Richard Bogren, Baldwin, Jack L.
News Release Distributed 08/20/10
Fall army worms are on the march in Louisiana, and heavy populations can cause significant damage to pastures, hay fields and lawns, according to LSU AgCenter entomologist Jack Baldwin.
“Fall army worms can have up to four generations per year in Louisiana, and each generation takes about a month to complete its life cycle from egg to adult moth,” Baldwin said. “In epidemic years, heavy moth flights can result in overlapping generations.”
The larval, or caterpillar, stage lasts two to three weeks, and the full-grown larvae are about 1-1.5 inches long, brown to green in color, with a prominent, inverted Y on the front of the head. They’re called army worms because they move together in large numbers, just like an army.
“Large caterpillars can eat most foliage in a field in just a few days,” Baldwin said. “If pastures are not scouted regularly, serious foliage damage from heavy infestations can suddenly appear.”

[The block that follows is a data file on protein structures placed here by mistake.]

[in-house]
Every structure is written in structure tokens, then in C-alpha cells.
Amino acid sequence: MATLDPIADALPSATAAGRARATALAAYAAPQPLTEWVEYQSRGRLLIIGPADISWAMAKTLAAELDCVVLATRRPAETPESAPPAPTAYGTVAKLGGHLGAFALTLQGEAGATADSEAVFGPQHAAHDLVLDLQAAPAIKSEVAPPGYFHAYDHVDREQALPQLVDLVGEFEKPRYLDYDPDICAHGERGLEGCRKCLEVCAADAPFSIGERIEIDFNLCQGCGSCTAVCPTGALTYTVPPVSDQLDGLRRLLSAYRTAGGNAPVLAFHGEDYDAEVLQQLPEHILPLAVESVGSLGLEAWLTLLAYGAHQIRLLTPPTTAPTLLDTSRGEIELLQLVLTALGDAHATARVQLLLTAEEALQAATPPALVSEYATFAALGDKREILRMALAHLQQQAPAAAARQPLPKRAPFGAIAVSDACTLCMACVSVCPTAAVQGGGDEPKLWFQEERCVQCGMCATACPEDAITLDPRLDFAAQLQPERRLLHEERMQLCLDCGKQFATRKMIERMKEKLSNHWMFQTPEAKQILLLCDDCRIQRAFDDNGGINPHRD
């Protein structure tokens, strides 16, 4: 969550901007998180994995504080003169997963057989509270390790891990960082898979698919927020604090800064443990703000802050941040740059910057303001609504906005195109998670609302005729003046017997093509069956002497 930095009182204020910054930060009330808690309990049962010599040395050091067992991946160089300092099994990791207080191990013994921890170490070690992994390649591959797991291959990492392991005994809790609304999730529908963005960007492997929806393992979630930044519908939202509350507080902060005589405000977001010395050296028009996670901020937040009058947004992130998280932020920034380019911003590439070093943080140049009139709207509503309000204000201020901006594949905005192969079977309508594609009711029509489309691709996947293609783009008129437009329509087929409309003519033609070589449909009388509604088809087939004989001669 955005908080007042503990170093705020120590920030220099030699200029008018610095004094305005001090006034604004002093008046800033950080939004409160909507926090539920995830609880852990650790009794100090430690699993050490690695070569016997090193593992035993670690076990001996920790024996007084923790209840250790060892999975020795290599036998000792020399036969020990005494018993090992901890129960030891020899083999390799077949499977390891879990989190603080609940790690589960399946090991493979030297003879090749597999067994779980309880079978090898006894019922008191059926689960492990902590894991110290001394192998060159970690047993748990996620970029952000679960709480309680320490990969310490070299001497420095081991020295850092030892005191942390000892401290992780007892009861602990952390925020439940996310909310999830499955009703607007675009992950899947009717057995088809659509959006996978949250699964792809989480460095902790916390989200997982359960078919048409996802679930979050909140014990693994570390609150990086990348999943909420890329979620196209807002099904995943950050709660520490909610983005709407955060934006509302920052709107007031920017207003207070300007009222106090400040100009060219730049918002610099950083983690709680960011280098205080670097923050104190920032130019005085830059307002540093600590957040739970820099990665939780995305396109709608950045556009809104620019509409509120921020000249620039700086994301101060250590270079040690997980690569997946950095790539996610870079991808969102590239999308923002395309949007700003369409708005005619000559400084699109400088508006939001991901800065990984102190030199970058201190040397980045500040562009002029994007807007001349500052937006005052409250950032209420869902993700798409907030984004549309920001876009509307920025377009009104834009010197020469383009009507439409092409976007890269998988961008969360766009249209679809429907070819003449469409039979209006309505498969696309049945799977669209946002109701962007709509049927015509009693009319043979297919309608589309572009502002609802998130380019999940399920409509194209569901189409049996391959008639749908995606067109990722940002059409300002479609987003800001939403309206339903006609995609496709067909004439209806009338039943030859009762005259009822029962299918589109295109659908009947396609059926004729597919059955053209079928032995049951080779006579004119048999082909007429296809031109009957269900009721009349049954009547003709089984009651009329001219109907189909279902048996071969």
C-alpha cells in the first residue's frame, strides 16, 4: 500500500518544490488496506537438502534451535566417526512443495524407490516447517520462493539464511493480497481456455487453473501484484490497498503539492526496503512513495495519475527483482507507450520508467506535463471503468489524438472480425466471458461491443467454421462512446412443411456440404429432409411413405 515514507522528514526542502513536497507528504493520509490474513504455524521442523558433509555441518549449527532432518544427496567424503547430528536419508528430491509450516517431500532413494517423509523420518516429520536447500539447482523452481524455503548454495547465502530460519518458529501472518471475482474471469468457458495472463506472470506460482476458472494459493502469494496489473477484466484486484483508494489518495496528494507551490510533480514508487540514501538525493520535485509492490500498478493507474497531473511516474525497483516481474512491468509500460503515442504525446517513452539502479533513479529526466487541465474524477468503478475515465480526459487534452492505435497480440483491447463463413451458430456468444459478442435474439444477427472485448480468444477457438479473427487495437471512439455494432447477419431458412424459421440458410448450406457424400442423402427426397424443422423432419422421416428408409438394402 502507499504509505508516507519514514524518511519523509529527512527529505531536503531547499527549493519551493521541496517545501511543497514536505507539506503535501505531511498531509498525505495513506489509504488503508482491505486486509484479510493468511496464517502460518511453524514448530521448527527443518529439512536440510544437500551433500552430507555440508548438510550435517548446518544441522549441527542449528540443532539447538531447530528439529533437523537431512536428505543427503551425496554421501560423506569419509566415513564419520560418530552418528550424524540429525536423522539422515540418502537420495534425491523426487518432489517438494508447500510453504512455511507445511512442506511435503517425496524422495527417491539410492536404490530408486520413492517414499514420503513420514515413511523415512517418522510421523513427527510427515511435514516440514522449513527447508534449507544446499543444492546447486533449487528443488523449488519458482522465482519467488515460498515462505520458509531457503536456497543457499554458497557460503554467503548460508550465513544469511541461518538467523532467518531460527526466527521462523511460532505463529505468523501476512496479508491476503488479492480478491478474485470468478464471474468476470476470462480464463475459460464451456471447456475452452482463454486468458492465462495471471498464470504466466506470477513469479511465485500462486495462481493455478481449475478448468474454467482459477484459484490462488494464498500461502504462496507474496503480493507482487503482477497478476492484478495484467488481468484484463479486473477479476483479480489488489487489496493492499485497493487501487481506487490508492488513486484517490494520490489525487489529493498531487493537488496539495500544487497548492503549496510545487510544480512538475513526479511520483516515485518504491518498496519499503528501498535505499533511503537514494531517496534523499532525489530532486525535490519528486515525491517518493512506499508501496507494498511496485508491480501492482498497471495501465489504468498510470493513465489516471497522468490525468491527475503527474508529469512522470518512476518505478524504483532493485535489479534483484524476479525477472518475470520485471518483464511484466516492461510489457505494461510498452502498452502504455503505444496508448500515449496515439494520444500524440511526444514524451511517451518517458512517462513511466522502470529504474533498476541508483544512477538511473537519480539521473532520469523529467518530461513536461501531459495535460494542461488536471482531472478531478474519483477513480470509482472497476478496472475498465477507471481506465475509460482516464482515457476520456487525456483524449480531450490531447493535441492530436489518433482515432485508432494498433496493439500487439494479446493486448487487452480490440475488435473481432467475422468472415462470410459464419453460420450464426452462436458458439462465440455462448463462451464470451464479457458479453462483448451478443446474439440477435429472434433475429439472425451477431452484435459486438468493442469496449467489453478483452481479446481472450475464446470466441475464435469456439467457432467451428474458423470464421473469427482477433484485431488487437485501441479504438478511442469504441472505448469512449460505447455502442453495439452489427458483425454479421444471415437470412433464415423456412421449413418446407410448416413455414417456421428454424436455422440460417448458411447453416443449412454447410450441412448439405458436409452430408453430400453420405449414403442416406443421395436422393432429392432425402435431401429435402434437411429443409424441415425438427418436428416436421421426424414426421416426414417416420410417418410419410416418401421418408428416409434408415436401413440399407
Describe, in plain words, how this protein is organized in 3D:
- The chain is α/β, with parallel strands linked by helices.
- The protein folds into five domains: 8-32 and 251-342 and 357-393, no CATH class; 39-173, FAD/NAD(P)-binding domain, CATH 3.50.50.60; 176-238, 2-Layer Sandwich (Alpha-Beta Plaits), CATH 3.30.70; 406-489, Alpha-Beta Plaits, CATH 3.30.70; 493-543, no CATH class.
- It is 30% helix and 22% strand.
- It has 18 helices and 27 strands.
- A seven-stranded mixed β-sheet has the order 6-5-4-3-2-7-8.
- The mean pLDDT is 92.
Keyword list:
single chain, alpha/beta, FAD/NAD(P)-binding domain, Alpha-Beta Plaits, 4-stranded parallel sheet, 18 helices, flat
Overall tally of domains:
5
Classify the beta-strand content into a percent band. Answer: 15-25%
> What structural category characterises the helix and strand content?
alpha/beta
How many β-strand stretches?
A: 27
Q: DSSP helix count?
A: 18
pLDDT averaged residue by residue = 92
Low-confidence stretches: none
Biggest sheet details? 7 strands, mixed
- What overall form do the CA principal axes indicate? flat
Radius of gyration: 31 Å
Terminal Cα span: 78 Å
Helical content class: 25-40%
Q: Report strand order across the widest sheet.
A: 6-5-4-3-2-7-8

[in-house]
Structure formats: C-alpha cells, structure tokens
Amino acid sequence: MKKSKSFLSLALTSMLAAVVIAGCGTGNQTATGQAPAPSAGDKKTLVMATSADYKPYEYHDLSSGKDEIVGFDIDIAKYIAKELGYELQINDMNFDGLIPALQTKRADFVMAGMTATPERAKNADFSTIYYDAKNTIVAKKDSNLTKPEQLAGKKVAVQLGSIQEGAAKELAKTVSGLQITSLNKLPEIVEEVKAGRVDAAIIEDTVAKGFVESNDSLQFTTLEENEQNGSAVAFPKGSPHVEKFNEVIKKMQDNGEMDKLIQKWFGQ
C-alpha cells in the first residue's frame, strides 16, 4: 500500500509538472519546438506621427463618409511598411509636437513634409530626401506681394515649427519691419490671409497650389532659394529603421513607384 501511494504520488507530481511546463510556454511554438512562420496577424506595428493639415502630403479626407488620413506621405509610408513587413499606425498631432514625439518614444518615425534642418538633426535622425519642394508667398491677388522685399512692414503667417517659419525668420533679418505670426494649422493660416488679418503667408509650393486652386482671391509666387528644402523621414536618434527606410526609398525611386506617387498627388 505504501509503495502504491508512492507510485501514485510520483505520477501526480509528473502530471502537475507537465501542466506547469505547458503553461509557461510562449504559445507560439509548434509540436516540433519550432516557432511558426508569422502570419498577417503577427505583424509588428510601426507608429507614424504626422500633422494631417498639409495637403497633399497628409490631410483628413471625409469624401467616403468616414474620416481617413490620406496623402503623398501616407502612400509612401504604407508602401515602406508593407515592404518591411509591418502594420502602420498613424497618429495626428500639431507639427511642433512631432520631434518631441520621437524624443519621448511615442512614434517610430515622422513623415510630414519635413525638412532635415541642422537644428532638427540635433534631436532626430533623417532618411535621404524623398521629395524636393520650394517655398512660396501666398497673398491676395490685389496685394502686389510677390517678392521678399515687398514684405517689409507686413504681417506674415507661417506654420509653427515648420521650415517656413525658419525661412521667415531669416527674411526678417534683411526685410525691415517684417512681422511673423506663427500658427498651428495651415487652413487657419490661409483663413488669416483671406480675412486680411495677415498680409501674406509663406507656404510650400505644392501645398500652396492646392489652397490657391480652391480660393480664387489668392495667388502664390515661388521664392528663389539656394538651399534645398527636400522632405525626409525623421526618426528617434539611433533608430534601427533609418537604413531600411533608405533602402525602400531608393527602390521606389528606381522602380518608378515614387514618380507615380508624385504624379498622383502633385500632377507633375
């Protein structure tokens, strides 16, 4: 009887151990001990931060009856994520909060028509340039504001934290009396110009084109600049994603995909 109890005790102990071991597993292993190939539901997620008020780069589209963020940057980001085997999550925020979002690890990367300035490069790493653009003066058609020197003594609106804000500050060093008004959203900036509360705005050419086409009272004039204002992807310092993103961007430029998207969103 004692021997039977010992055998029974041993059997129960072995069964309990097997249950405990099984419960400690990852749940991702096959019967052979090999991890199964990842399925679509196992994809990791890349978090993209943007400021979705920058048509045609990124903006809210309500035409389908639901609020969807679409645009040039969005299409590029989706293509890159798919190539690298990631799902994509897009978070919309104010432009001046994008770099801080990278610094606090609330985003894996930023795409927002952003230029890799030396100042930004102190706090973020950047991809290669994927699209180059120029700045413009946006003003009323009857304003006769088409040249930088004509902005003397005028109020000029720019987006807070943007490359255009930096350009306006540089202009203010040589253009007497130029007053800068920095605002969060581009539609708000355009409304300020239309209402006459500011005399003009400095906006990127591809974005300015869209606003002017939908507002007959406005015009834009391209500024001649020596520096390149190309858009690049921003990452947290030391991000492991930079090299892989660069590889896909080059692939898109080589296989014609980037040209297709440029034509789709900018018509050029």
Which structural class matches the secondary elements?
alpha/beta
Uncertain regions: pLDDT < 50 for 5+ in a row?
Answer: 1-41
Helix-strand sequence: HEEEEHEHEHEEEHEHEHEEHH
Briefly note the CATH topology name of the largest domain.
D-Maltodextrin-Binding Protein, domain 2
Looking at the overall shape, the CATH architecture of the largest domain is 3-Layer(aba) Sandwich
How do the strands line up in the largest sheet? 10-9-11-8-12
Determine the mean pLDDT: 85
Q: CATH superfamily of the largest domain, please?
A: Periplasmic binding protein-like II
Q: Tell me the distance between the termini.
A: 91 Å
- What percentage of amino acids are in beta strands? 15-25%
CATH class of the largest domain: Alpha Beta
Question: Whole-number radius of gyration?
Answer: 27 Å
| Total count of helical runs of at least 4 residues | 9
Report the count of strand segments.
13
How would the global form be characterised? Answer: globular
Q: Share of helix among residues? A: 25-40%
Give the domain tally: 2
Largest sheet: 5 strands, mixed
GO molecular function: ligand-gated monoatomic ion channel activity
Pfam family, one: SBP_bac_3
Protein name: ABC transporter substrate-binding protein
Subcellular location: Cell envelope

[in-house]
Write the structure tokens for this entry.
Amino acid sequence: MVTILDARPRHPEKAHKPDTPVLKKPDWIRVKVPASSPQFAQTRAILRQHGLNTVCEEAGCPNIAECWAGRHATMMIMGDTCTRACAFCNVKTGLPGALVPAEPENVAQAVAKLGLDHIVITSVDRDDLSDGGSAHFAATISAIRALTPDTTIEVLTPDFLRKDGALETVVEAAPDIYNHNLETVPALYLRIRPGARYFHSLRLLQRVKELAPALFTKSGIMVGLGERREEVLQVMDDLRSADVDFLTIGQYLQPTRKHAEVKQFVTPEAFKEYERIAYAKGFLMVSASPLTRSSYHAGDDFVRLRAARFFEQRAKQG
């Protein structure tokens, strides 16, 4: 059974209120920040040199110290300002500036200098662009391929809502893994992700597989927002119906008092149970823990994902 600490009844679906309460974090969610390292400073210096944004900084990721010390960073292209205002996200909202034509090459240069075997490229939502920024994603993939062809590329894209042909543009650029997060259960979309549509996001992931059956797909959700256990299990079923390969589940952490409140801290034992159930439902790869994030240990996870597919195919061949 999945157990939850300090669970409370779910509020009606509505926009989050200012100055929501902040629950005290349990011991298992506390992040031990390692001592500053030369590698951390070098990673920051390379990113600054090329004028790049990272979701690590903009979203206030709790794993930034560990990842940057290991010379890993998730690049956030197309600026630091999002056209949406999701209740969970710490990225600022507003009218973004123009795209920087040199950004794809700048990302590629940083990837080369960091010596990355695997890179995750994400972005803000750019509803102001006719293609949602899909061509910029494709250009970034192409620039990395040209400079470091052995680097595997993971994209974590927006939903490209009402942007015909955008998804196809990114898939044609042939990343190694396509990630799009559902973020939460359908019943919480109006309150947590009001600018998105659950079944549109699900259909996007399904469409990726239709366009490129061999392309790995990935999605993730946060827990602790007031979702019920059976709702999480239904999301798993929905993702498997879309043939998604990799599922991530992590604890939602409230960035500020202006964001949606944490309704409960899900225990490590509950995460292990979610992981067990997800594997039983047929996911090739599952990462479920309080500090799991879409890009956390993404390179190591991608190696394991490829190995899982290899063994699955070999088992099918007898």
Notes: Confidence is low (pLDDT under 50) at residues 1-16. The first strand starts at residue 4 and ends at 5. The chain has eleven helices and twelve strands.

Farmers and ranchers can scout or sample for fall army worms in a field either with a sweep net or by visual inspection of 1 square foot of ground in several areas, he said. The economic threshold for well-managed pastures is one worm per sweep or one to two worms per square foot.
“Heavier populations can be tolerated if forage preservation is less critical, Baldwin said.” The insecticides recommended for fall army worms in pastures include Sevin, methyl parathion, Lannate and Tracer.
In urban areas, homeowners can treat their lawns when fall army worms threaten turf establishment or survival. “Bermuda grass would be the most susceptible,” Baldwin said. “Centipede and St. Augustine are less preferred but should still be considered at risk in an epidemic year.”
Insecticides included in the LSU AgCenter insect control guide for use on lawns include Acelepryn, Azatin XL, Battle GC, Mach 2, Lepinox WDG, Conserve SC, Talstar 10WP, Dylox, Condor XL, Crymax and Sevin.
The LSU AgCenter and the LSU College of Agriculture